Proving it's not too late to learn

Nearly 100 students, from the sprite to the elderly, their ages ranging from 18 to 80, received their high-school diplomas and general education development (GED) degrees Thursday night from the Newport-Mesa Unified School District adult education program in Costa Mesa.

Dressed in green caps and gowns, some of the students took classes over the course of several years while holding down jobs before they finally achieved that coveted degree, which will now allow them to either go to college or get a job that requires a high-school diploma.

At the top of the class was Tabethia Lee Armstrong Gonzalez, 40, whose mother died when she was a child and whose father raised her and her sister while all three traveled the world, the father earning money in the field of international trade currency.

Flash forward and at 32 years old, Armstrong Gonzalez found herself in Orange County trying to enroll at Cal State Fullerton. But the counselor told her she first needed to finish high school. An even greater problem was that she only had a sixth-grade education.

“Essentially, I started the sixth grade with a personal tutor, then worked my way up from there. I was 33 years old at the time,” said Armstrong Gonzalez, whose story of always having been on the move, from Central to South America to Europe, at times bordered on being homeless.

Armstrong Gonzalez, with blonde hair and green eyes and freckles, said she, her father and sister would often live in two to three countries every three to six months, sometimes waking up in parks when they couldn't afford a place to live.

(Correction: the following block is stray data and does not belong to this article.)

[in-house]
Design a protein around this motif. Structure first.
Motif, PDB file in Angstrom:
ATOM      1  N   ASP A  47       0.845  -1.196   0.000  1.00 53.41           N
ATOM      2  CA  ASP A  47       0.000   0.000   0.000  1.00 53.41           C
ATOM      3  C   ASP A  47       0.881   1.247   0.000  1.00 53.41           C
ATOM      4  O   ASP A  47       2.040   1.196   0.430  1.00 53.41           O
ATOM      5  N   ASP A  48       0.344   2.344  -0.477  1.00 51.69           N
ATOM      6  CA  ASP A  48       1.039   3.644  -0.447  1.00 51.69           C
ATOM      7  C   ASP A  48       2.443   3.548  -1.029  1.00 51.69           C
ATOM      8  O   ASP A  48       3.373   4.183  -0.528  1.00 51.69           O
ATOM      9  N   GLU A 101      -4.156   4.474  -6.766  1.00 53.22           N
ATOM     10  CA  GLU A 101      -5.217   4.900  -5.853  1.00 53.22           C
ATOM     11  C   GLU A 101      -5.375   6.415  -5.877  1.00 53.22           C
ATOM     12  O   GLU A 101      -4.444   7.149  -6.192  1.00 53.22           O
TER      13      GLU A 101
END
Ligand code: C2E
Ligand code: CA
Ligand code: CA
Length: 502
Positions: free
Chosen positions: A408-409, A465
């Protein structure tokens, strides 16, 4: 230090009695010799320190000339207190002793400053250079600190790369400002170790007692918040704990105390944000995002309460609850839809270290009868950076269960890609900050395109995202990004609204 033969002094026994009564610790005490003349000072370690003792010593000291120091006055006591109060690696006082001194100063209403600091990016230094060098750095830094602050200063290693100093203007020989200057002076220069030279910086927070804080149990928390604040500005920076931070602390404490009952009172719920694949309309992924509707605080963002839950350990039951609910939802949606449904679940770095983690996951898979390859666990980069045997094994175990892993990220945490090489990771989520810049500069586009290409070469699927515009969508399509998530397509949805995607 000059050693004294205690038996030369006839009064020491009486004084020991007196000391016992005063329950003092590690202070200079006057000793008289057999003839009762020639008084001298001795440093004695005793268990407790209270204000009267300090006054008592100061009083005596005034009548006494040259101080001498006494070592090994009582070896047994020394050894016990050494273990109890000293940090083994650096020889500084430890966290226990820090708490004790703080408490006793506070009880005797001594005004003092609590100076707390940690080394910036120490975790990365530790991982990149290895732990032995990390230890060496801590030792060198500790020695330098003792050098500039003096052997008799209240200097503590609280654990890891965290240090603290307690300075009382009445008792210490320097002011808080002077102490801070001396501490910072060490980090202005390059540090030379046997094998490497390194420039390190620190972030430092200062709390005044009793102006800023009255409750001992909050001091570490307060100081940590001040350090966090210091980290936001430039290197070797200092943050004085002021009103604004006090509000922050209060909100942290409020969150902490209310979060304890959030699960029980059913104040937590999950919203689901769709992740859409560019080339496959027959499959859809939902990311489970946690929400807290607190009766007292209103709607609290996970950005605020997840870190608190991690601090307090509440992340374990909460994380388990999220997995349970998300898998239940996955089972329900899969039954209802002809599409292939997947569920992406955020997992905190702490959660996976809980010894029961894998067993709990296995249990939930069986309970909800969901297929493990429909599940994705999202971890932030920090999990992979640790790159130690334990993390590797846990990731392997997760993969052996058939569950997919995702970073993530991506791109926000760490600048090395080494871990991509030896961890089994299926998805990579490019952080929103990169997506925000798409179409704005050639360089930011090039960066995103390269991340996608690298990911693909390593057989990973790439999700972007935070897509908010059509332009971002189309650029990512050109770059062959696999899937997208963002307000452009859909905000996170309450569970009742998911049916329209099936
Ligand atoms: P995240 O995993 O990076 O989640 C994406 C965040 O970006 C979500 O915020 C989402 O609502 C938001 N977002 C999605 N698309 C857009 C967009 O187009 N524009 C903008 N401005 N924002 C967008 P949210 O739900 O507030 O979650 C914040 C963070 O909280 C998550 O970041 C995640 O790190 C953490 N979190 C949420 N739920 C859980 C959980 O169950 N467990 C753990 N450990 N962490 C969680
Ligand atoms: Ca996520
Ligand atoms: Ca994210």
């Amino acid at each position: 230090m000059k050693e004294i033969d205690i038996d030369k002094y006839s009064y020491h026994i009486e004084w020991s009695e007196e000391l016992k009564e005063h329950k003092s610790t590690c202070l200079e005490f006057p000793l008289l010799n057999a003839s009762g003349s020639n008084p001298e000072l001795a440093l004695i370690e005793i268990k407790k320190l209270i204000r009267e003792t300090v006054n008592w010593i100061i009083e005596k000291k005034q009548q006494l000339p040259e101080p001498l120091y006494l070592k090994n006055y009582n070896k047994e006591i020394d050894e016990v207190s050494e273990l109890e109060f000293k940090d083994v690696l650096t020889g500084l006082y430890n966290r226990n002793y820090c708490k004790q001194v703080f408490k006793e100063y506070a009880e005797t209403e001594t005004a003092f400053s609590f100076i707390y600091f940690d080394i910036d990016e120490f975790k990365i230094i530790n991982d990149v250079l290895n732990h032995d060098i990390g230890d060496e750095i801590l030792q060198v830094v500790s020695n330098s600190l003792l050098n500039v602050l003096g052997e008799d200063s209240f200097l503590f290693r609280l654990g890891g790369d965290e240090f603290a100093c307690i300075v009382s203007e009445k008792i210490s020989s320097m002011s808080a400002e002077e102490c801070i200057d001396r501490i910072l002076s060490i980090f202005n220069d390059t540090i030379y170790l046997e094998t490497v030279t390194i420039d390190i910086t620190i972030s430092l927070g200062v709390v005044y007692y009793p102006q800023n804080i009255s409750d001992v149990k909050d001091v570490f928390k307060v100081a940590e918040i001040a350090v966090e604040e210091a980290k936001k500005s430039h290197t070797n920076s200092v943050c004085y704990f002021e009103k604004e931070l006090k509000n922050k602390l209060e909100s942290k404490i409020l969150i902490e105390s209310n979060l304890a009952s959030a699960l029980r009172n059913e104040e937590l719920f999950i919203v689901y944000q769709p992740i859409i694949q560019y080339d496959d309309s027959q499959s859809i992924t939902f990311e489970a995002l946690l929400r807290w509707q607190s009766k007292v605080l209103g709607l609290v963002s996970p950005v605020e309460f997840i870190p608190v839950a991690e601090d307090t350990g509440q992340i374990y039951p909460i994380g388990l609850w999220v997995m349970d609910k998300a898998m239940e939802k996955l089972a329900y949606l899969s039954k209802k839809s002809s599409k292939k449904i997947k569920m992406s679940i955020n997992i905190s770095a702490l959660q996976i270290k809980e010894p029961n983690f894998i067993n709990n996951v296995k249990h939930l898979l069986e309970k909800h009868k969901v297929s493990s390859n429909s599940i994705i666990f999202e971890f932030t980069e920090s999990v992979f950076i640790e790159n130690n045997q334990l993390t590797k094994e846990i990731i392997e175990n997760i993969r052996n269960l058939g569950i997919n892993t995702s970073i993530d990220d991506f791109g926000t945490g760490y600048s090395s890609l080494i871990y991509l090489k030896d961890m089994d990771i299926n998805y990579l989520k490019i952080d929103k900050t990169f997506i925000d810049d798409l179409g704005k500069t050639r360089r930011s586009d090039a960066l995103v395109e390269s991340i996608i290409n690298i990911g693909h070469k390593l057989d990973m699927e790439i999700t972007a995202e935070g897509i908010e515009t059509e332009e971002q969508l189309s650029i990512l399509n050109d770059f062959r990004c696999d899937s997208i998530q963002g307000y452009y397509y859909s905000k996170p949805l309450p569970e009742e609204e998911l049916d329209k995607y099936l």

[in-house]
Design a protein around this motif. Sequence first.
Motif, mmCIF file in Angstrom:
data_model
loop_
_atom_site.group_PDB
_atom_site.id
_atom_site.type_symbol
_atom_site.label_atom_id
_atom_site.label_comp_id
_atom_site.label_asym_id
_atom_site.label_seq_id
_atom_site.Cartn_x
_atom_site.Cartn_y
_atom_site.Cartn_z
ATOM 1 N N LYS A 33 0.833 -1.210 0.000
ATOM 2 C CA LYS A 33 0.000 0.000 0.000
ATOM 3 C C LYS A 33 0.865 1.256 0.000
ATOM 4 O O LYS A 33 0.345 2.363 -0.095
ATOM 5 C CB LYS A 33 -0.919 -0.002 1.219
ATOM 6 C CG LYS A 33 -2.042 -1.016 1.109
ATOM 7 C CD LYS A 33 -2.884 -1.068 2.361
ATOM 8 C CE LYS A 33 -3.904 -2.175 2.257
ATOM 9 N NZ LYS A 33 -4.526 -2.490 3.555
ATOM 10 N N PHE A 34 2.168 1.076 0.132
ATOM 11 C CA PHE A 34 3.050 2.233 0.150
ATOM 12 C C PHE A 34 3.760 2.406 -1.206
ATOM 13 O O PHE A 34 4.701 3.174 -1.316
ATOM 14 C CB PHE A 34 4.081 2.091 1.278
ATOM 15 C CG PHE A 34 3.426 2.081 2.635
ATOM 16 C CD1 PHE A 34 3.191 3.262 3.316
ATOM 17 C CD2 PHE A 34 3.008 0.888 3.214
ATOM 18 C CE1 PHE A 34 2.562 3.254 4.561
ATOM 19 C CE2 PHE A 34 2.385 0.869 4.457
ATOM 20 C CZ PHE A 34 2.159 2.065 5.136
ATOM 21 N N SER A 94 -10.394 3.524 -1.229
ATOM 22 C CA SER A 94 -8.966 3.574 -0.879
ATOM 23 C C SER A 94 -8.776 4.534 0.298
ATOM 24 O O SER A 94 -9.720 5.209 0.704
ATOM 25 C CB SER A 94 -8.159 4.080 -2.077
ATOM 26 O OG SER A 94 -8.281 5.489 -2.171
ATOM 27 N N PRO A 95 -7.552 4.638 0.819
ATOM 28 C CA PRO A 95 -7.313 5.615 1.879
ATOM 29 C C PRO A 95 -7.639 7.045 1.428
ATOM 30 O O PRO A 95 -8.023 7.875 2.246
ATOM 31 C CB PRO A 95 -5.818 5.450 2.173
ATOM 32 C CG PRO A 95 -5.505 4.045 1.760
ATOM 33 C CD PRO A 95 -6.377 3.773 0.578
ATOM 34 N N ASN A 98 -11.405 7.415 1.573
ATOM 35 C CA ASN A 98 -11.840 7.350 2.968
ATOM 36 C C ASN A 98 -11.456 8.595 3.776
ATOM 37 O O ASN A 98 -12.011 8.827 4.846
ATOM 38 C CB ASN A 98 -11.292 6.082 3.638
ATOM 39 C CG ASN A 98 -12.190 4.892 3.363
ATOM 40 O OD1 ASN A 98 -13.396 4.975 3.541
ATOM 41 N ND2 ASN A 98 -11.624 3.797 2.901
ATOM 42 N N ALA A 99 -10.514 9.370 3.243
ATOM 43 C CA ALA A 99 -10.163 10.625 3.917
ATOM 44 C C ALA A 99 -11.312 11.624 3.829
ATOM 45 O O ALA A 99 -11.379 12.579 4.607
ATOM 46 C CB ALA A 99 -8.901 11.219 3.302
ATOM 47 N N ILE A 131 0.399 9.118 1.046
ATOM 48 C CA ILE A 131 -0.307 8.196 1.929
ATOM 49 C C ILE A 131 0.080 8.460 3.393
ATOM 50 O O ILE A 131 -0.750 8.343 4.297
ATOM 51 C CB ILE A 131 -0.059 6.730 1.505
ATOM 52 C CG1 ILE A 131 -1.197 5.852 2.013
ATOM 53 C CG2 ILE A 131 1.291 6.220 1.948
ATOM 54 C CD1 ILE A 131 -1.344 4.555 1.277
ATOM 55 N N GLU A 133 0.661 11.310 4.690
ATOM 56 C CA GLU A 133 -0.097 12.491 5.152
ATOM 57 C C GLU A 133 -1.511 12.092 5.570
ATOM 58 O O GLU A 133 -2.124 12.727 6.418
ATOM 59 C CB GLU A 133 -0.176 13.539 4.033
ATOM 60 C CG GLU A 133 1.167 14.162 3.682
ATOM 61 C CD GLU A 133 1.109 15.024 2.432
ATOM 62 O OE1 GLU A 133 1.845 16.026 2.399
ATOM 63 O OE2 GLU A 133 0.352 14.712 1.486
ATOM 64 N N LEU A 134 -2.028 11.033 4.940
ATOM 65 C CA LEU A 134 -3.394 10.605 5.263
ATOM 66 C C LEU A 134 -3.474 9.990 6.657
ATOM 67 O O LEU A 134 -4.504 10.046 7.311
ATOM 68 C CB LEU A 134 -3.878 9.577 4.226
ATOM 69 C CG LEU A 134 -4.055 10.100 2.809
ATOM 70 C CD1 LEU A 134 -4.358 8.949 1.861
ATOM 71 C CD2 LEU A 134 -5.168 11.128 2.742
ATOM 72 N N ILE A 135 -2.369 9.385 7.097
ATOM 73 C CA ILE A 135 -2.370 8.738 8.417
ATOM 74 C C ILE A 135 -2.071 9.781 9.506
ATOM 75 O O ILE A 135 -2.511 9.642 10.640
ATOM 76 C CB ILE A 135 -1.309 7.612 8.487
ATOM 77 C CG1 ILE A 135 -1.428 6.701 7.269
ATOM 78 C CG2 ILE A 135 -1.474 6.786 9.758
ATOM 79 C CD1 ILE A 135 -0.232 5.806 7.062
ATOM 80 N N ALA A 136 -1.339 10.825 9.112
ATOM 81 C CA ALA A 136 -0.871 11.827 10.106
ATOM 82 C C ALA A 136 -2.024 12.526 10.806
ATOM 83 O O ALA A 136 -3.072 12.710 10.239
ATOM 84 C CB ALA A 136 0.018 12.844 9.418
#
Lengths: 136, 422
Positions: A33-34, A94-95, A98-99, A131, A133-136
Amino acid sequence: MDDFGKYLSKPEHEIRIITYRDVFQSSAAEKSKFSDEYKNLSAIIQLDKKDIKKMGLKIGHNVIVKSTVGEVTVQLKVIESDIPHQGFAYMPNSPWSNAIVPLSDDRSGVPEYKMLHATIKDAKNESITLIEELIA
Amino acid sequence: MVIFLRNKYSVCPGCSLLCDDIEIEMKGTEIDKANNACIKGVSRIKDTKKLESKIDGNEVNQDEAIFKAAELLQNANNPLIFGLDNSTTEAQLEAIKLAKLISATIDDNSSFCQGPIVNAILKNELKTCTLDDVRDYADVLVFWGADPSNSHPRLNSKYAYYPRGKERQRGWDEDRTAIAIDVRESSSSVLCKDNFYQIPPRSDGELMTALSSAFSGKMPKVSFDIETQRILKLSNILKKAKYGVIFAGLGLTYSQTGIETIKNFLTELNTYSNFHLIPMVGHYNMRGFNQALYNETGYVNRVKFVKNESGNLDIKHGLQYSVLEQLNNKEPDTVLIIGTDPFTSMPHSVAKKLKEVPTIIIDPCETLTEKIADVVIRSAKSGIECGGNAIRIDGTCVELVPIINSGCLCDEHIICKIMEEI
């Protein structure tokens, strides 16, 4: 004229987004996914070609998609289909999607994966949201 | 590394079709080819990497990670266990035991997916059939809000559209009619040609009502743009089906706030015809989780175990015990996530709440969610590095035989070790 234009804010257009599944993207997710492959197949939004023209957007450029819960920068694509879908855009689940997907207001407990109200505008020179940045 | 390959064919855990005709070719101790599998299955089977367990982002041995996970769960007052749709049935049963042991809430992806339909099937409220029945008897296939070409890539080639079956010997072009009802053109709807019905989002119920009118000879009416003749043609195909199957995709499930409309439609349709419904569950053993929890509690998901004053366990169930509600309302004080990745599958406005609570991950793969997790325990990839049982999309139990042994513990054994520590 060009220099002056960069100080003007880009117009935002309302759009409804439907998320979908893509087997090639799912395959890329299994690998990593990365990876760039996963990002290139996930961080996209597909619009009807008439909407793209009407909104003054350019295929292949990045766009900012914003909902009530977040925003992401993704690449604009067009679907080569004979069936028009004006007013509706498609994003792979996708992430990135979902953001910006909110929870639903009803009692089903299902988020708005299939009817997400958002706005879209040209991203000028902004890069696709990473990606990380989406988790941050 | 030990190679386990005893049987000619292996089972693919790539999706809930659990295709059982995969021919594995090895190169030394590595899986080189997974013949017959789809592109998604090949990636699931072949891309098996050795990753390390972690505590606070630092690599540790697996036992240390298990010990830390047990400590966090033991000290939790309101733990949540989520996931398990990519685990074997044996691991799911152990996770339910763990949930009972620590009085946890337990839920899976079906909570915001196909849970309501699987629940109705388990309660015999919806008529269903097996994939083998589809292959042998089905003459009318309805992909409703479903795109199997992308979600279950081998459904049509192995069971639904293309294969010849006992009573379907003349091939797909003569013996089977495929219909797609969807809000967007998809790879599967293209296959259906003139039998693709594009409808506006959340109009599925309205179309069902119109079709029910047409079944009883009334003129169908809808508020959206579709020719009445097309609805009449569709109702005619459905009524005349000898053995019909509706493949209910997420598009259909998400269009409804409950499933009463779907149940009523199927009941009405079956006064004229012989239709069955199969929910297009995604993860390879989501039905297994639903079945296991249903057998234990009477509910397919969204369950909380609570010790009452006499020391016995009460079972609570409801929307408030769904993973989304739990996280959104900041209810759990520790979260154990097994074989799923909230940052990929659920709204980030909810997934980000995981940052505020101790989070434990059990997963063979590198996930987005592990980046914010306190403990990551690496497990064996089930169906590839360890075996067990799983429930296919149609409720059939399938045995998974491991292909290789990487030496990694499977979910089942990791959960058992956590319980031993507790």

The result was Armstrong Gonzalez and her sister never received an education.

“I'm the first one to ever graduate from high school in my entire family,” she said, adding that all her immediate family members are now dead.

Her father died in October 1999 and her sister was murdered in the streets of Miami, a sad incident that sent her to California from Florida to receive help under a special program. She called it a godsend.

Now a Huntington Beach resident and with a high-school diploma in hand, she plans to attend Orange Coast College in the fall, her eyes on a potential degree in business administration.

Stories like that of Armstrong Gonzalez run the gamut in the district's adult education, said Lenora Mitchell, the administrative assistant who performed a beautiful rendition of the national anthem at the ceremony.

Mitchell, herself a recipient of a GED years ago, said some of the students who earned degrees were grandparents and in some instances even great-grandparents. A good percentage of them were Mexican immigrants who found their way to Orange County in search for a better life from their Third World conditions.

Although the school district's Board of Education this year voted to shutter most of the adult education program and cut $860,000 from its budget, there's been a recent move to bring back at least half of the English-learner classes next year. It would amount to a dozen classes, said Bob Nanney, now assigned to head up the program.

He said some of them will be held in the morning and others will be held in the evening. All will take place at the Costa Mesa classrooms on Meyer Place, just blocks away from the California Department of Motor Vehicles office.

The move has been greeted by many students as encouraging news, especially immigrants who want to study for their U.S. citizenship tests, said Nanney.

They were also honored at Thursday's ceremony. They were identified as: Szymanski Wojtyla, Ava E. Munoz de Arced, Maria Veronica, Harvinder Kaur, Karol M. Englebrecht, Gloria Angel de Duarte, Lakhwinder Chand, Maria de Lourdes de Mendoza, Oij Tjin Lion, Arifin Setiadi and Sergio Rodriguez Manzo.

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